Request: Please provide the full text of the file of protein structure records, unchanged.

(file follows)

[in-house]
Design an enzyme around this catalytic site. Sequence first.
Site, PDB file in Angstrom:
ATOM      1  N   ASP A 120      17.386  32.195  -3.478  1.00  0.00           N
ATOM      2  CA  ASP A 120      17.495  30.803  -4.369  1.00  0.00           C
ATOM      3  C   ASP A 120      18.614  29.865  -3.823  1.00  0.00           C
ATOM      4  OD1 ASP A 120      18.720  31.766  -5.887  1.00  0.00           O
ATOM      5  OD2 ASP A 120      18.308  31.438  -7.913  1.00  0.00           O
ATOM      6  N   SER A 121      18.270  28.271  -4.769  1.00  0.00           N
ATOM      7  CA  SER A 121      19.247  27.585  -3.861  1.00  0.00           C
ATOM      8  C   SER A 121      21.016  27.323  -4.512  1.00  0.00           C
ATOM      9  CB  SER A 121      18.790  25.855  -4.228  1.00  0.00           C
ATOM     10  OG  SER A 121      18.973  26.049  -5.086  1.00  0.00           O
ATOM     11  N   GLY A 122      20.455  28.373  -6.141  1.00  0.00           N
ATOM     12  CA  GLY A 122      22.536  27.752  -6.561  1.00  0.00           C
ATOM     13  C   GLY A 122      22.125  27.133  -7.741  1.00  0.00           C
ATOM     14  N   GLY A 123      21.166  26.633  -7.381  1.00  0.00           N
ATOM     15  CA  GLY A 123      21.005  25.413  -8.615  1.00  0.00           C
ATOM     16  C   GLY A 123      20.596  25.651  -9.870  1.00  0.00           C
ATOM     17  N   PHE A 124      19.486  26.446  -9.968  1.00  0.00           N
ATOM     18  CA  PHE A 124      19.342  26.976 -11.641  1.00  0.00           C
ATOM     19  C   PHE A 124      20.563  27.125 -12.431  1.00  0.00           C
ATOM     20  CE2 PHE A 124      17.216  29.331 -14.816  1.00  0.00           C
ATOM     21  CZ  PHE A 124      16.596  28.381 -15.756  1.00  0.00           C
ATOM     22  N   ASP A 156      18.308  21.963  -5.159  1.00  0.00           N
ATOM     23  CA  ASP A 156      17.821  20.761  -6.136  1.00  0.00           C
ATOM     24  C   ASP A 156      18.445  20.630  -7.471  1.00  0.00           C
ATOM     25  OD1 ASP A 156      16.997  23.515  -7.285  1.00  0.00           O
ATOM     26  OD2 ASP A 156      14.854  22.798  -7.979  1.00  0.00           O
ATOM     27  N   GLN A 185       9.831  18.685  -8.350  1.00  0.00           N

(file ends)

[in-house]
Design an enzyme around this catalytic site. Sequence first.
Site, PDB file in Angstrom:
ATOM      1  N   ASP A 120      17.386  32.195  -3.478  1.00  0.00           N
ATOM      2  CA  ASP A 120      17.495  30.803  -4.369  1.00  0.00           C
ATOM      3  C   ASP A 120      18.614  29.865  -3.823  1.00  0.00           C
ATOM      4  OD1 ASP A 120      18.720  31.766  -5.887  1.00  0.00           O
ATOM      5  OD2 ASP A 120      18.308  31.438  -7.913  1.00  0.00           O
ATOM      6  N   SER A 121      18.270  28.271  -4.769  1.00  0.00           N
ATOM      7  CA  SER A 121      19.247  27.585  -3.861  1.00  0.00           C
ATOM      8  C   SER A 121      21.016  27.323  -4.512  1.00  0.00           C
ATOM      9  CB  SER A 121      18.790  25.855  -4.228  1.00  0.00           C
ATOM     10  OG  SER A 121      18.973  26.049  -5.086  1.00  0.00           O
ATOM     11  N   GLY A 122      20.455  28.373  -6.141  1.00  0.00           N
ATOM     12  CA  GLY A 122      22.536  27.752  -6.561  1.00  0.00           C
ATOM     13  C   GLY A 122      22.125  27.133  -7.741  1.00  0.00           C
ATOM     14  N   GLY A 123      21.166  26.633  -7.381  1.00  0.00           N
ATOM     15  CA  GLY A 123      21.005  25.413  -8.615  1.00  0.00           C
ATOM     16  C   GLY A 123      20.596  25.651  -9.870  1.00  0.00           C
ATOM     17  N   PHE A 124      19.486  26.446  -9.968  1.00  0.00           N
ATOM     18  CA  PHE A 124      19.342  26.976 -11.641  1.00  0.00           C
ATOM     19  C   PHE A 124      20.563  27.125 -12.431  1.00  0.00           C
ATOM     20  CE2 PHE A 124      17.216  29.331 -14.816  1.00  0.00           C
ATOM     21  CZ  PHE A 124      16.596  28.381 -15.756  1.00  0.00           C
ATOM     22  N   ASP A 156      18.308  21.963  -5.159  1.00  0.00           N
ATOM     23  CA  ASP A 156      17.821  20.761  -6.136  1.00  0.00           C
ATOM     24  C   ASP A 156      18.445  20.630  -7.471  1.00  0.00           C
ATOM     25  OD1 ASP A 156      16.997  23.515  -7.285  1.00  0.00           O
ATOM     26  OD2 ASP A 156      14.854  22.798  -7.979  1.00  0.00           O
ATOM     27  N   GLN A 185       9.831  18.685  -8.350  1.00  0.00           N